Did your mom ever tell you not to associate with someone because they were a “bad influence”? Perhaps it was the troublemaker at school, or a girlfriend or boyfriend that she didn’t quite approve of. You might have thought “aw, Mom!” at the time, but could she have been right?
Well, new studies show your mom might have been right on track (only she might have been blaming the wrong people!) Who you interact with can have a significant impact on your health, in both good and bad ways.
The discovery that your social network affects your health is relatively new. No, we are not talking about how your constant Facebook posts or tweets
are keeping you from seeing the light of day. A recent study conducted between Harvard Medical School and the University of California reveals that emotions and health can be greatly affected by personal social networks, which include your close friends and family. Over 12,067 people were medically evaluated on multiple occasions from 1971 to 2003 as part of the Framingham Heart study.
The study showed a few surprising findings. Obesity, for example, is one of the biggest health issues in the United States at the moment. It has become an epidemic
, with nearly two out of every three Americans becoming overweight or obese; and there is no sign of slowing down.
Excessively large food portions, lack of adequate exercise and the convenience of inexpensive, heavily processed fast foods are among the most common explanations for this growing trend. But, according to the study, the reason stems from a much deeper root: social interactions play a role in influencing someone's likelihood of becoming overweight or obese, and it is in part a contagious disease.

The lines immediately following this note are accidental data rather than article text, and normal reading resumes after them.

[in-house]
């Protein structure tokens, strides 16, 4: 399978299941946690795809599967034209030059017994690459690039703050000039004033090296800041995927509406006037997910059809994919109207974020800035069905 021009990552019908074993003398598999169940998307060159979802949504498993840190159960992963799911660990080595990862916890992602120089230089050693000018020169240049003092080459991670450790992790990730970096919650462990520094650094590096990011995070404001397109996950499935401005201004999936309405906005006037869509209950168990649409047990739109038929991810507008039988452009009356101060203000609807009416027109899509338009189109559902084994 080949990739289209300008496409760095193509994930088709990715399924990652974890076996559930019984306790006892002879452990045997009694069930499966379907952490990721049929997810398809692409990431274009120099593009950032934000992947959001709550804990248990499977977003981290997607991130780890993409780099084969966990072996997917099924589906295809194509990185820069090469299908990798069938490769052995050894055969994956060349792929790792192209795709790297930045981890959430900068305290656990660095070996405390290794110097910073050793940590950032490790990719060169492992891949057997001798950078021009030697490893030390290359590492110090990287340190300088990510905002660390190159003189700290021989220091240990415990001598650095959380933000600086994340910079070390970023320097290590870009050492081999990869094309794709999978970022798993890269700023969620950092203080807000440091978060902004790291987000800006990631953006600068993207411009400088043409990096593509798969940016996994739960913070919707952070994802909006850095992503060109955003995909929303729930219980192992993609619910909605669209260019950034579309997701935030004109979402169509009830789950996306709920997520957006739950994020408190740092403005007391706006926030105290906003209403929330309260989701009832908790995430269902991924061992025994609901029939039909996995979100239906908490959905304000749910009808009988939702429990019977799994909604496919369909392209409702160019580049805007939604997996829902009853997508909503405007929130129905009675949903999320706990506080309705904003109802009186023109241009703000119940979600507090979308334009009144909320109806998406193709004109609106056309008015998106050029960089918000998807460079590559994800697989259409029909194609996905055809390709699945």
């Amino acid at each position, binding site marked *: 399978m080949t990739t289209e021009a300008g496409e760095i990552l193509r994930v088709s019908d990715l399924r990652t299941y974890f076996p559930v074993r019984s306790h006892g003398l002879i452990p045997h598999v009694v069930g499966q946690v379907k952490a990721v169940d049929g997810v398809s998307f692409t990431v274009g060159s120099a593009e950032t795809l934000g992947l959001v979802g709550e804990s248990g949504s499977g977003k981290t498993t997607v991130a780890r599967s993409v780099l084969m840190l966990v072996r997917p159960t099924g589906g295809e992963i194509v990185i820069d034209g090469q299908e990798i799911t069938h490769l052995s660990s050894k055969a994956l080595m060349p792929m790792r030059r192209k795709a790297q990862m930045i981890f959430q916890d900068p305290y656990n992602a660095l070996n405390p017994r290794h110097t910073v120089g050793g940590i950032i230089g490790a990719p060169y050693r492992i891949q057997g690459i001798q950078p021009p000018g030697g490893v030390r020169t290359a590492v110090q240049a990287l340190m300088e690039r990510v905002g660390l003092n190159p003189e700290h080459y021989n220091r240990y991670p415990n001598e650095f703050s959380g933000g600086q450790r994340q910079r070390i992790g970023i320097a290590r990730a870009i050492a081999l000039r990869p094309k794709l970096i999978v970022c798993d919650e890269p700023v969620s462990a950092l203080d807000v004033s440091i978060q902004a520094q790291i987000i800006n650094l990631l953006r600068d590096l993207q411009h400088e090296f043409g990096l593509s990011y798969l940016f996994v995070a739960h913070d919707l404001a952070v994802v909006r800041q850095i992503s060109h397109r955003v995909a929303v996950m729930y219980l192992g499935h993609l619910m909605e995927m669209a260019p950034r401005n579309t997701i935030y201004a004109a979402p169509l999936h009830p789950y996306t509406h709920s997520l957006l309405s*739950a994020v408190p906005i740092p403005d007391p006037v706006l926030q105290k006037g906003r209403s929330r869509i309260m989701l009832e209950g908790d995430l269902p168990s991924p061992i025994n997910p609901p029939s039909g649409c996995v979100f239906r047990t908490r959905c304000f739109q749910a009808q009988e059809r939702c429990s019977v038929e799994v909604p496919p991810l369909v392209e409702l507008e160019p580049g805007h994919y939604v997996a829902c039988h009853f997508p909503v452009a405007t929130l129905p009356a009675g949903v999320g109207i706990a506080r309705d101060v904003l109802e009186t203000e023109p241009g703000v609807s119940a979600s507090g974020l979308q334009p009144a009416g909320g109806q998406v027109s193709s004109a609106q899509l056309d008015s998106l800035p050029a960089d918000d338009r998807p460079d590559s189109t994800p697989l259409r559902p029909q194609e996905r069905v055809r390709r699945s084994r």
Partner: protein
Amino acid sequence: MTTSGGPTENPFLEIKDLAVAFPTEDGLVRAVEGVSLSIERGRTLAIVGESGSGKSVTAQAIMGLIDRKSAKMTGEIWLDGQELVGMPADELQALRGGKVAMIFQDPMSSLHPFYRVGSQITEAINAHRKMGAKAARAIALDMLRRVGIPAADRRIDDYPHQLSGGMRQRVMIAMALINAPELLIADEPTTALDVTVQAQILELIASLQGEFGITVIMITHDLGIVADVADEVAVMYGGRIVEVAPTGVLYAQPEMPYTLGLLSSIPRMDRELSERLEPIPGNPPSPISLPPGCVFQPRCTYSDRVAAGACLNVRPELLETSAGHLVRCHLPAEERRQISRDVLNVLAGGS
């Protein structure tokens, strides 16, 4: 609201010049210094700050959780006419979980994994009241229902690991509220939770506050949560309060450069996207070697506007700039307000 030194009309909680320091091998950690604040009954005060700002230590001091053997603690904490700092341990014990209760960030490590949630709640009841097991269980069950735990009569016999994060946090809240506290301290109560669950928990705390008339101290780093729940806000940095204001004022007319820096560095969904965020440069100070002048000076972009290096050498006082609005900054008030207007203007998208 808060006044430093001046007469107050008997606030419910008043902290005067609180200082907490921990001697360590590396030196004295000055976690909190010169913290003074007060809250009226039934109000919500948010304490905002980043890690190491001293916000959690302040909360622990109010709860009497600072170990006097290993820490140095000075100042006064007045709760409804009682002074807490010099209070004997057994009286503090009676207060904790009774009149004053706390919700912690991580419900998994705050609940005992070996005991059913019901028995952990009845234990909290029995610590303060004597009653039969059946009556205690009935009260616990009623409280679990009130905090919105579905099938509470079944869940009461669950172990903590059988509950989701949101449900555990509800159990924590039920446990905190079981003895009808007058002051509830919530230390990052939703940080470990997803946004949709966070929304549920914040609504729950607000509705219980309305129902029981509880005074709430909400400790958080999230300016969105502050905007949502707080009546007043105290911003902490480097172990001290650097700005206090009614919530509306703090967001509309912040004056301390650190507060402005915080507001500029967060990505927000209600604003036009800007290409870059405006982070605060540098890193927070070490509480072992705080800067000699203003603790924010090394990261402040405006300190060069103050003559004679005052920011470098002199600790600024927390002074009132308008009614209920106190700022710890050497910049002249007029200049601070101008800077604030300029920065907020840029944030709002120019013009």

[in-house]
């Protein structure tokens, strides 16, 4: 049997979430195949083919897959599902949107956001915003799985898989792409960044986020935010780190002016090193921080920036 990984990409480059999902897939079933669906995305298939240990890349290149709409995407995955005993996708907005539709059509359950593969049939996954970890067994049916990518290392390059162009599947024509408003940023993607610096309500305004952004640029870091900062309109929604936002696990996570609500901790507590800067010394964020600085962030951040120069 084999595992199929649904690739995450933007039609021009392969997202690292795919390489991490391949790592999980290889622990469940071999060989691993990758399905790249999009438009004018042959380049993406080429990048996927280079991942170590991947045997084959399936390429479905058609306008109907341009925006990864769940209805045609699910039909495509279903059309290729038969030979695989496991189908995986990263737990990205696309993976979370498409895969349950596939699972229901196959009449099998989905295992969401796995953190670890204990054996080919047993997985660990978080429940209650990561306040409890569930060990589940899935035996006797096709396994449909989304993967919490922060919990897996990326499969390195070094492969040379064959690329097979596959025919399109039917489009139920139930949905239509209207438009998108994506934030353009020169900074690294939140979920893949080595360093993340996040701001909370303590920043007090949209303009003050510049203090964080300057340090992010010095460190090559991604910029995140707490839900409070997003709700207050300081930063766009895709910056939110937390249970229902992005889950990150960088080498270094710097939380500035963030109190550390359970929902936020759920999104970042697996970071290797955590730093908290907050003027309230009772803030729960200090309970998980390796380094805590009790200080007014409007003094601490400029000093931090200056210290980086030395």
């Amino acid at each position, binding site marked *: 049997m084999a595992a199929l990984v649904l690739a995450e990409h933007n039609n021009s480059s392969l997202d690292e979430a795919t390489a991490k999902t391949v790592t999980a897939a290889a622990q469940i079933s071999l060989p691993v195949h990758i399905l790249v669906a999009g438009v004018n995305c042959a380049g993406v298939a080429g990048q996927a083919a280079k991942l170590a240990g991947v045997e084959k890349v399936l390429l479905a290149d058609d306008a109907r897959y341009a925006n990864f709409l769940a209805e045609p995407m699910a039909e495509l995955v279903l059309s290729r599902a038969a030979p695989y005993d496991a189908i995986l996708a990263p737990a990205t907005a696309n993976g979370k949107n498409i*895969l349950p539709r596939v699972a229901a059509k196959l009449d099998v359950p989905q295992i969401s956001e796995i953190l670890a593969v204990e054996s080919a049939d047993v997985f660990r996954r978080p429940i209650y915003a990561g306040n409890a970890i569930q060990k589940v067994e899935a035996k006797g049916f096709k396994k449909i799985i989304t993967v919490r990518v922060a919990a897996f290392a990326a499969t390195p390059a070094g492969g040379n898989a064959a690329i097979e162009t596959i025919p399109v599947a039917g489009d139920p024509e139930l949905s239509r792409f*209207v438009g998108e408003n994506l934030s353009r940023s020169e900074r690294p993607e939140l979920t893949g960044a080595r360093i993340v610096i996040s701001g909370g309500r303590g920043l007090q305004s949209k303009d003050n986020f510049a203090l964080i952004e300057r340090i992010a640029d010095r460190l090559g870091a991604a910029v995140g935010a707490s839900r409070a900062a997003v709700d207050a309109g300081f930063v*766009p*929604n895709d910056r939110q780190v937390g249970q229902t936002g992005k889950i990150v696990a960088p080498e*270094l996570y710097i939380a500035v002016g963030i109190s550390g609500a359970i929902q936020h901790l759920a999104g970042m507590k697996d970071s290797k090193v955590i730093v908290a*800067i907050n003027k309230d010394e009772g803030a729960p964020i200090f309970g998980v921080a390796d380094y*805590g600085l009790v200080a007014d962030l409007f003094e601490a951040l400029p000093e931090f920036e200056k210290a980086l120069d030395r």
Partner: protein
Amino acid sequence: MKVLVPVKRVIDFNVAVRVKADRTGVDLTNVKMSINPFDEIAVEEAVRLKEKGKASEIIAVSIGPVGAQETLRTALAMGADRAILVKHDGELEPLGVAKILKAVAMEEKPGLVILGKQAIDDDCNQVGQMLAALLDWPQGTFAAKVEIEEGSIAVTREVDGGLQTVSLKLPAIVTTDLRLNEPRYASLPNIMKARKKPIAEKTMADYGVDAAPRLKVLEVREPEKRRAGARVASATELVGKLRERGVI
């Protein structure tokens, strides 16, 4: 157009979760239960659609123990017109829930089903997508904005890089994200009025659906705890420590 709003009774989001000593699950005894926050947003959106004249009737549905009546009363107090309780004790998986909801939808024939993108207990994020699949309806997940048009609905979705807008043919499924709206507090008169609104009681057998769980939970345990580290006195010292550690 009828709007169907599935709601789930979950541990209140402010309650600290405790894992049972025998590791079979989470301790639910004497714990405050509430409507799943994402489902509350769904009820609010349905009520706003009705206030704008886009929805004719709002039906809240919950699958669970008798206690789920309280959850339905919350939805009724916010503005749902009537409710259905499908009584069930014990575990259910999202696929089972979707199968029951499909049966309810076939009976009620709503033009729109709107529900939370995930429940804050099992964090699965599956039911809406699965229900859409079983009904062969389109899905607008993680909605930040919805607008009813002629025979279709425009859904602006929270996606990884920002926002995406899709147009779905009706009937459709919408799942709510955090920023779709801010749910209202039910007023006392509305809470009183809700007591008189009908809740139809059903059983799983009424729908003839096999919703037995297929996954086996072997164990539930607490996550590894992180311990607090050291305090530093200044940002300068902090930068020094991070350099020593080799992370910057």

For example, if one sibling became obese, the risk of another sibling gaining excessive weight increased by 40%. It's not just genetics; if a spouse became obese, similar numbers showed up, with a 37% increase in risk of developing obesity.
Upon first glance it might seem obvious as to why these family members cause each other to become obese. Shared meals and similar lifestyles might seem like the clear reason, but a study that compared friends, even those who did not see each other on a regular basis, concluded that their risk of becoming overweight increased even more, by 57%. Out of two close friends, if one became obese, the other friend's chances of becoming obese shot up by a whopping 171%.
The researchers suggest that perhaps the reason why these friends and family are causing each other to gain weight is because if one friend or family member becomes obese, over time everyone around them might accept it as “normal,” and maybe even inevitable. This would cause an individual to put off exercise, eat as much as he or she pleases and not worry about whether or not he or she will be socially accepted.The Happiness Factor
On a more positive note, the researchers also discovered that happiness truly does spread
, though not permanently. In a room with a group of people, if someone broke down crying or became extremely happy, the study showed that everyone else in the room would almost certainly feel the same way; though not for long. After only a few minutes, everyone else in the room would return to their previous emotional state.
The numbers are not as drastic as the obesity problem, either. A happy spouse can cause the other spouse to have an 8% chance increase in happiness, and a sibling can affect their other siblings by as much as 14%. Fortunately, the researchers also discovered that unhappiness was not contagious, though they are not sure why.